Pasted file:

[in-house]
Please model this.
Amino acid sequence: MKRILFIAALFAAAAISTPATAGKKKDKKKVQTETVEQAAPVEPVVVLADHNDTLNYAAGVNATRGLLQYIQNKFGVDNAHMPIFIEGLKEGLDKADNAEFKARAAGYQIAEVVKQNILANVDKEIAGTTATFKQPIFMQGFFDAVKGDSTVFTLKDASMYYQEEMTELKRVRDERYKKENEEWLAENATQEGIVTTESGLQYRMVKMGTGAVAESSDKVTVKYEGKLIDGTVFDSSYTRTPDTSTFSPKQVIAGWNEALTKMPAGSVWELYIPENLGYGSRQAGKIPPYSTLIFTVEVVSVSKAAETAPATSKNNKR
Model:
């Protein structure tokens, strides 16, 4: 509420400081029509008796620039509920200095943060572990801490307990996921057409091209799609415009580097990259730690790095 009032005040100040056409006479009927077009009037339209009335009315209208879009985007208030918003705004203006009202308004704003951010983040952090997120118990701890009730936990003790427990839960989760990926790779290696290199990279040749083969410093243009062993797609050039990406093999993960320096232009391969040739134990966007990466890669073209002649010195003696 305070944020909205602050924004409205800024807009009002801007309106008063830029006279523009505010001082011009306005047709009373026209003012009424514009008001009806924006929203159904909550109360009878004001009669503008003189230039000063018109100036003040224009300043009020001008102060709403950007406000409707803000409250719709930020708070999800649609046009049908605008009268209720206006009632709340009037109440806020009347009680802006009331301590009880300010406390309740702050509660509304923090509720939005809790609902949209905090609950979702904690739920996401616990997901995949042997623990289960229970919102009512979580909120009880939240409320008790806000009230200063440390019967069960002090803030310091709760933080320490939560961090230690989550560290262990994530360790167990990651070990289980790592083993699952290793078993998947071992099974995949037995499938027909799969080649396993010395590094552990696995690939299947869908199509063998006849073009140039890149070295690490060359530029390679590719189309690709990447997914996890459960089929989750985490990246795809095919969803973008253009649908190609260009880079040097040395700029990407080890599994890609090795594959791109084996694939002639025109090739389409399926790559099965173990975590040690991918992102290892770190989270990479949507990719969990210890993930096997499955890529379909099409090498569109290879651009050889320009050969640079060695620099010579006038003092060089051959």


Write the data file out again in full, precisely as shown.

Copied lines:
[in-house]
Please model this.
Amino acid sequence: MKRILFIAALFAAAAISTPATAGKKKDKKKVQTETVEQAAPVEPVVVLADHNDTLNYAAGVNATRGLLQYIQNKFGVDNAHMPIFIEGLKEGLDKADNAEFKARAAGYQIAEVVKQNILANVDKEIAGTTATFKQPIFMQGFFDAVKGDSTVFTLKDASMYYQEEMTELKRVRDERYKKENEEWLAENATQEGIVTTESGLQYRMVKMGTGAVAESSDKVTVKYEGKLIDGTVFDSSYTRTPDTSTFSPKQVIAGWNEALTKMPAGSVWELYIPENLGYGSRQAGKIPPYSTLIFTVEVVSVSKAAETAPATSKNNKR
Model:
């Protein structure tokens, strides 16, 4: 509420400081029509008796620039509920200095943060572990801490307990996921057409091209799609415009580097990259730690790095 009032005040100040056409006479009927077009009037339209009335009315209208879009985007208030918003705004203006009202308004704003951010983040952090997120118990701890009730936990003790427990839960989760990926790779290696290199990279040749083969410093243009062993797609050039990406093999993960320096232009391969040739134990966007990466890669073209002649010195003696 305070944020909205602050924004409205800024807009009002801007309106008063830029006279523009505010001082011009306005047709009373026209003012009424514009008001009806924006929203159904909550109360009878004001009669503008003189230039000063018109100036003040224009300043009020001008102060709403950007406000409707803000409250719709930020708070999800649609046009049908605008009268209720206006009632709340009037109440806020009347009680802006009331301590009880300010406390309740702050509660509304923090509720939005809790609902949209905090609950979702904690739920996401616990997901995949042997623990289960229970919102009512979580909120009880939240409320008790806000009230200063440390019967069960002090803030310091709760933080320490939560961090230690989550560290262990994530360790167990990651070990289980790592083993699952290793078993998947071992099974995949037995499938027909799969080649396993010395590094552990696995690939299947869908199509063998006849073009140039890149070295690490060359530029390679590719189309690709990447997914996890459960089929989750985490990246795809095919969803973008253009649908190609260009880079040097040395700029990407080890599994890609090795594959791109084996694939002639025109090739389409399926790559099965173990975590040690991918992102290892770190989270990479949507990719969990210890993930096997499955890529379909099409090498569109290879651009050889320009050969640079060695620099010579006038003092060089051959």